Congresswoman Virginia Foxx and her Democratic challenger Elisabeth Motsinger met for a head-to-head candidate forum on some of the newest real estate in the NC 5th District, at Catawba College in Salisbury. According to the account in the Salisbury Post, Foxx stubbornly maintained that "members of Congress get along better than portrayed by the media."
"The idea that members of the U.S. House of Representatives constantly bicker is a myth, especially on a personal level, Foxx said."
You can decide for yourself why Foxx would insist on a version of reality so at odds with ... well, reality. Does she need for people to believe that she's actually what she often pretends to be, a sweet little old dumpling who only takes extra biscuits from the buffet "because they'd just go to waste."
She certainly doesn't want people to know the truth, that she is herself one of the most poisonously partisan of all the right-wing ideologues in Congress. Here are a few things that Virginia Foxx has said, most of them in the halls of Congress:
“And for my colleagues across the aisle who say this is a misogynist bill, nobody has ever fought more for the rights of women than I have. But 50 percent of the unborn babies that are being aborted are females, so the misogyny comes for those who promote the killing of unborn babies. That's where the misogyny comes in, Madam Speaker.” In debate in the U.S. House over a Republican bill, Protect Life Act, which would allow hospitals to deny treatment to pregnant women, 13 Oct. 2011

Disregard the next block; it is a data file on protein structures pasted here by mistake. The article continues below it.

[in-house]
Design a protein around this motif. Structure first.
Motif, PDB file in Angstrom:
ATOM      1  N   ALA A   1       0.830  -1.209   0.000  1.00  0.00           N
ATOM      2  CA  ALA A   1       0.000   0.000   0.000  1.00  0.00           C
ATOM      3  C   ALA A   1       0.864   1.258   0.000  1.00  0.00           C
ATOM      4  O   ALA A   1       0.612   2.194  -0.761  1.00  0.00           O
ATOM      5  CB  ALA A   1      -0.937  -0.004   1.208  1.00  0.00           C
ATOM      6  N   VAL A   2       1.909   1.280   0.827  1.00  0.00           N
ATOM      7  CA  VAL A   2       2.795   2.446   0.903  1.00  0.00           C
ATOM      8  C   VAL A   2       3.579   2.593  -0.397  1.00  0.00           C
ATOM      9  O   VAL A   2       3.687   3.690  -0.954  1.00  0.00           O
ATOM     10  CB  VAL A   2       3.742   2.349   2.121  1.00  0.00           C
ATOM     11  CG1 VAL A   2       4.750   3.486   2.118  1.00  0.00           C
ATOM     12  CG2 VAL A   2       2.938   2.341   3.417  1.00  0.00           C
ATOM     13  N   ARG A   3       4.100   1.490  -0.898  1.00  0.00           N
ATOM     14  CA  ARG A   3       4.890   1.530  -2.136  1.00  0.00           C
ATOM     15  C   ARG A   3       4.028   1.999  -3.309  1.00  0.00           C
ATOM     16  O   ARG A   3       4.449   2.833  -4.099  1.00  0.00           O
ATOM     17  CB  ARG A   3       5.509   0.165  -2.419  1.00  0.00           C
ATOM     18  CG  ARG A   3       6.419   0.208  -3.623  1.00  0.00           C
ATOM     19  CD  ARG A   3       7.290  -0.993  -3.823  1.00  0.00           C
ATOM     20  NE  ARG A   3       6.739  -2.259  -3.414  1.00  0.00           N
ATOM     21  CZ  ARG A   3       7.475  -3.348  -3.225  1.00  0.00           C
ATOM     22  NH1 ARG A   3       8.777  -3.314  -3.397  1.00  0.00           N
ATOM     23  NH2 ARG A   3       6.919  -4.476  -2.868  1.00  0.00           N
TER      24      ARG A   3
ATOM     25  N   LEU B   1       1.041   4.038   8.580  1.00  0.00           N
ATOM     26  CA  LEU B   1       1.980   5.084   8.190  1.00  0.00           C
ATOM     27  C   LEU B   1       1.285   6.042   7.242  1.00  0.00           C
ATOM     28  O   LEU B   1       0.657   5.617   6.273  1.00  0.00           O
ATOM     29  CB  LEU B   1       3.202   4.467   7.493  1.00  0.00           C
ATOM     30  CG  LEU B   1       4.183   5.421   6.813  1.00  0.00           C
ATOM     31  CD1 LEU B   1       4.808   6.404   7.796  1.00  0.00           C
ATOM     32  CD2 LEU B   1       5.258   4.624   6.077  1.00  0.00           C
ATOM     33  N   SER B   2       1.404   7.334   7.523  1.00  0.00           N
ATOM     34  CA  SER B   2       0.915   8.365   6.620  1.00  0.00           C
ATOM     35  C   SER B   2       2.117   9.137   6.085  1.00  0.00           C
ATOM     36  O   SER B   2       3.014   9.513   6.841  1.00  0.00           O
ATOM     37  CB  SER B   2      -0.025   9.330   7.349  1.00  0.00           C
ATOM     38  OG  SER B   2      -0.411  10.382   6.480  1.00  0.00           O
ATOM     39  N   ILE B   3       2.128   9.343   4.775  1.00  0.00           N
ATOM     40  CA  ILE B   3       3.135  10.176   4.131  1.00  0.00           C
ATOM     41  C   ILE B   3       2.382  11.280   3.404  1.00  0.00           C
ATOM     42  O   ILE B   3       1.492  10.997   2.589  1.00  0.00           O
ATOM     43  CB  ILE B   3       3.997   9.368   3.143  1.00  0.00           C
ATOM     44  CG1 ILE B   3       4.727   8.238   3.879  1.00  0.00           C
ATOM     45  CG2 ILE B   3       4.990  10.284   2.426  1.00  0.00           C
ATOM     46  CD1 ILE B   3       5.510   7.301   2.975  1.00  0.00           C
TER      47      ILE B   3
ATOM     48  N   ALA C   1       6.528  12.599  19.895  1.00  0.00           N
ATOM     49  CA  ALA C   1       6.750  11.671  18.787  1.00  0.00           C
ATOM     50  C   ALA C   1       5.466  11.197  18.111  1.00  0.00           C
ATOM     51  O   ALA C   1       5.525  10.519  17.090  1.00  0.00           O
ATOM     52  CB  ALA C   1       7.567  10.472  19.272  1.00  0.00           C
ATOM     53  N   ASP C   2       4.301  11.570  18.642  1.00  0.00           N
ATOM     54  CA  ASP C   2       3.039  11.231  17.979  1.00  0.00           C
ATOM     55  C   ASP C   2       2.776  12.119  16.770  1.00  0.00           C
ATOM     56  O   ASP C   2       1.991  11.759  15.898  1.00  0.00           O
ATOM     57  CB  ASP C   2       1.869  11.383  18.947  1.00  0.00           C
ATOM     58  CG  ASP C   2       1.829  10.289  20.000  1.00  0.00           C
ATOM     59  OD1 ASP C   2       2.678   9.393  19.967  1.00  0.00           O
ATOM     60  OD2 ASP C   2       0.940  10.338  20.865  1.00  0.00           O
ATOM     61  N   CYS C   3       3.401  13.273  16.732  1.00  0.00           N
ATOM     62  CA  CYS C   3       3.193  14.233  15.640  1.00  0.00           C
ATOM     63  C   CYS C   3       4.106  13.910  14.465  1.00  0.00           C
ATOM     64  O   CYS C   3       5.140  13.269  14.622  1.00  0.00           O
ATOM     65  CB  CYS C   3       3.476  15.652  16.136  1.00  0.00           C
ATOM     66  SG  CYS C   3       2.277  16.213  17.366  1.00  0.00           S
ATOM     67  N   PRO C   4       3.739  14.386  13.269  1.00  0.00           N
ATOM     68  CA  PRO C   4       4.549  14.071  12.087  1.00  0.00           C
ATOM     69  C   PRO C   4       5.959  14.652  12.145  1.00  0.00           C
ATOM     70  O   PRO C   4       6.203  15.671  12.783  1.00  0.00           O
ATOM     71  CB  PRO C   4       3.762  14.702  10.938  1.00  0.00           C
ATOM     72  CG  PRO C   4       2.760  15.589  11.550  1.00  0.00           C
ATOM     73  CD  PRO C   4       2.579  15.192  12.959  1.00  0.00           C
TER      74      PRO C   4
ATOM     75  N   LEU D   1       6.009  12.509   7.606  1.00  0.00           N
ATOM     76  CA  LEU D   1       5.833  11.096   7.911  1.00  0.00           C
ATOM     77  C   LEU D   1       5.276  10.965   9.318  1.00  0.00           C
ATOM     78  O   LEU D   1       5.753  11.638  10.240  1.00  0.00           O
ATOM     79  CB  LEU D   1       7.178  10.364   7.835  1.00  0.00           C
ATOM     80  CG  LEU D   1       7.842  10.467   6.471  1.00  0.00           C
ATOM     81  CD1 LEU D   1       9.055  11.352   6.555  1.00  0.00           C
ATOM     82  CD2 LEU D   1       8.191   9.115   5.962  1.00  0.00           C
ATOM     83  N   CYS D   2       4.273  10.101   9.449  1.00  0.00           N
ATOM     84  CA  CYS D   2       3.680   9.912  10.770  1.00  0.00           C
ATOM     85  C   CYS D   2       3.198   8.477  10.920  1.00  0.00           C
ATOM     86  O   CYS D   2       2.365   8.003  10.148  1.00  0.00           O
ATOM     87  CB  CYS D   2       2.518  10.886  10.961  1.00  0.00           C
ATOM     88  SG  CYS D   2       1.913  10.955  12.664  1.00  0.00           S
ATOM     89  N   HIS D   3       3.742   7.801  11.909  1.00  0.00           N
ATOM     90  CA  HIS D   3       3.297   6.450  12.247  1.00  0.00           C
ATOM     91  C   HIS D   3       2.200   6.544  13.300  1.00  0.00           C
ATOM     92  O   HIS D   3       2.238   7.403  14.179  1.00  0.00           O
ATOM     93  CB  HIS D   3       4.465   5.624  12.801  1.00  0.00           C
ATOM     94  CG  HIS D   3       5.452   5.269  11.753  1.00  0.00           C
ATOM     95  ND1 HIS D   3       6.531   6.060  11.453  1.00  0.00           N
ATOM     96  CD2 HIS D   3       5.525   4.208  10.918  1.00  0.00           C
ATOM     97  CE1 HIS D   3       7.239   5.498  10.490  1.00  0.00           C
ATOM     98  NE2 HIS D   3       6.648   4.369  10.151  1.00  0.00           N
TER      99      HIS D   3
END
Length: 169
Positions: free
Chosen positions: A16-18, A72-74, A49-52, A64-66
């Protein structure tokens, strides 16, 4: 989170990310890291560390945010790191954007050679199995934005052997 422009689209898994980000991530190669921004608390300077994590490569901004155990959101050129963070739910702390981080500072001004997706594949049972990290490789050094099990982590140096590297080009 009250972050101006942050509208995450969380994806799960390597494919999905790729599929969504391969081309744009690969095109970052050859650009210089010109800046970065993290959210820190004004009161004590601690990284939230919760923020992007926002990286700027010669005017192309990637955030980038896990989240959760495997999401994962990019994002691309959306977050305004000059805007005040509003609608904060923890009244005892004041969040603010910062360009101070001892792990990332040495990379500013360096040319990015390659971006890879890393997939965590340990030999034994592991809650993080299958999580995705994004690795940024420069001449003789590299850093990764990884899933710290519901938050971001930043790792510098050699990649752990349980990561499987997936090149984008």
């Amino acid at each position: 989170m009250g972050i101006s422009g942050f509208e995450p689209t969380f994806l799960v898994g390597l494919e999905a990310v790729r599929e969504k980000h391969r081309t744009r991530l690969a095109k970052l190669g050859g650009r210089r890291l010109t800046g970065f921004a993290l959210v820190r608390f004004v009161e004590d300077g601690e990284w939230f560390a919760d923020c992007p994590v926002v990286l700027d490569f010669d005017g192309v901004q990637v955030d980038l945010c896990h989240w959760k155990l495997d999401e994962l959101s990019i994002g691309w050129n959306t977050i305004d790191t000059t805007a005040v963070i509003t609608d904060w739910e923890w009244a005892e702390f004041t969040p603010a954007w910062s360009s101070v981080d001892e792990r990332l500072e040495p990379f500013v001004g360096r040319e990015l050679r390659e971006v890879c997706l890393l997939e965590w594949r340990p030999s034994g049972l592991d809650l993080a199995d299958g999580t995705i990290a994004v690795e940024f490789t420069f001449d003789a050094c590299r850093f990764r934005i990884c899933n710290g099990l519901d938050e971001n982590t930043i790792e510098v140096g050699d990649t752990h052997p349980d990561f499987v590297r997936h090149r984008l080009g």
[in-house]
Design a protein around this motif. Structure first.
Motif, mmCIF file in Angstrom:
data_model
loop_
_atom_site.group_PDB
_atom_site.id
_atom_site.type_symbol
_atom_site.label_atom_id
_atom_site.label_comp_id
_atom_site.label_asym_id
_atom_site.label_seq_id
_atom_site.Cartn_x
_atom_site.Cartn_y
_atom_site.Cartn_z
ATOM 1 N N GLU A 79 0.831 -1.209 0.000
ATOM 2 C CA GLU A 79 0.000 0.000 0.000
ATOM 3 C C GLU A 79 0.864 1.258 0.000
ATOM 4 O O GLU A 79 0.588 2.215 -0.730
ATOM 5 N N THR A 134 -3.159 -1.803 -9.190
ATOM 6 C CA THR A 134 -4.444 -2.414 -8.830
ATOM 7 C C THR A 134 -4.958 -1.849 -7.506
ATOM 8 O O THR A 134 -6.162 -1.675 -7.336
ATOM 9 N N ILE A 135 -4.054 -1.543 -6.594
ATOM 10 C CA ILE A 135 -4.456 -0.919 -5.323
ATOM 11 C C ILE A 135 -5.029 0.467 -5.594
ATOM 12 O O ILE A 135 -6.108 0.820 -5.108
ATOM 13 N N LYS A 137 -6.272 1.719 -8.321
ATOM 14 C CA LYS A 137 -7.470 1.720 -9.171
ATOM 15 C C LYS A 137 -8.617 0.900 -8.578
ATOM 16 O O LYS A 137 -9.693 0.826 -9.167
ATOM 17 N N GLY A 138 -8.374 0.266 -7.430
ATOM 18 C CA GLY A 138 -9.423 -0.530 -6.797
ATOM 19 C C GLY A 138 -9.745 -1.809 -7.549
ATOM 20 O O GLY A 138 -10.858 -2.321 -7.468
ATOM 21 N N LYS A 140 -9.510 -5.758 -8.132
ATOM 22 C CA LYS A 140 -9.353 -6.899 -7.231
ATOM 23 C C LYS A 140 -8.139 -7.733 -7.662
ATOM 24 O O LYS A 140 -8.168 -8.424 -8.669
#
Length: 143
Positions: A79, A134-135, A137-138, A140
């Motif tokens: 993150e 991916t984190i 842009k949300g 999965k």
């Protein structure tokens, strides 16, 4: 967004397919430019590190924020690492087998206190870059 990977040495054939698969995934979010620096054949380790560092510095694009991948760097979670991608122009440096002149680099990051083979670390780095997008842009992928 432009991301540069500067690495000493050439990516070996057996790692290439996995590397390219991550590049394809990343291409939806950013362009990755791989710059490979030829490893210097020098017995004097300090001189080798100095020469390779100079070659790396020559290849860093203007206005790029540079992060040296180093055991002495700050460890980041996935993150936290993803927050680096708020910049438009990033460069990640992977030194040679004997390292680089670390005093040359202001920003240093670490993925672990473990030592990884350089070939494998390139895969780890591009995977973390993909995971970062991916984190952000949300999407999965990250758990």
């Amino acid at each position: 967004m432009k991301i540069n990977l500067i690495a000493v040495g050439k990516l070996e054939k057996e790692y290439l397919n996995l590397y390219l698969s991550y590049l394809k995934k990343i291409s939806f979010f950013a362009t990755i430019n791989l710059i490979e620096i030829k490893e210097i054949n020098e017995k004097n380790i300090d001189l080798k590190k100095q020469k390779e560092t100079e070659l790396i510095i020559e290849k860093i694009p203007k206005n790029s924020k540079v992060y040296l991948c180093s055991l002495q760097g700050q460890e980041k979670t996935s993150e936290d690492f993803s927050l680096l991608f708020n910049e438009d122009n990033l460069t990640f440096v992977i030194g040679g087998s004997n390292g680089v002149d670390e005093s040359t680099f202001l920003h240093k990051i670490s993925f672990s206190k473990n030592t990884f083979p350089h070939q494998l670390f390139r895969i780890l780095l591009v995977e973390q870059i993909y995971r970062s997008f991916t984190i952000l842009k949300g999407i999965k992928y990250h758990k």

“It’s unconscionable that we have 45 million people in this country getting food stamps. That’s a result of the policies of our Democratic friends across the aisle.” On the floor of the U.S. House in debate over a Republican plan to cut spending to food assistance programs in the Department of Agriculture (H.R.2112), 14 June 2011
“We’re talking about four years,” Foxx said. “If we don’t take this country back from the leftists who are running it now, we will lose our country.” To the Iredell County Republican Party’s Reagan Day Dinner, Feb. 6, 2010
“...we [Republican members of Congress] were the people who passed the civil rights bills back in the ’60s without very much help from our colleagues across the aisle.” November 19, 2009, on the floor of the U.S. House
A Republican health care plan would "make sure we bring down the cost of health care for all Americans and that ensures affordable access for all Americans and is pro-life because it will not put seniors in a position of being put to death by their government." July 28, 2009, on the floor of the U.S. Congress
“I believe we have more to fear from the potential of that [health reform] bill passing than we do from any terrorist right now in any country.” November 2, 2009, on the floor of the U.S. House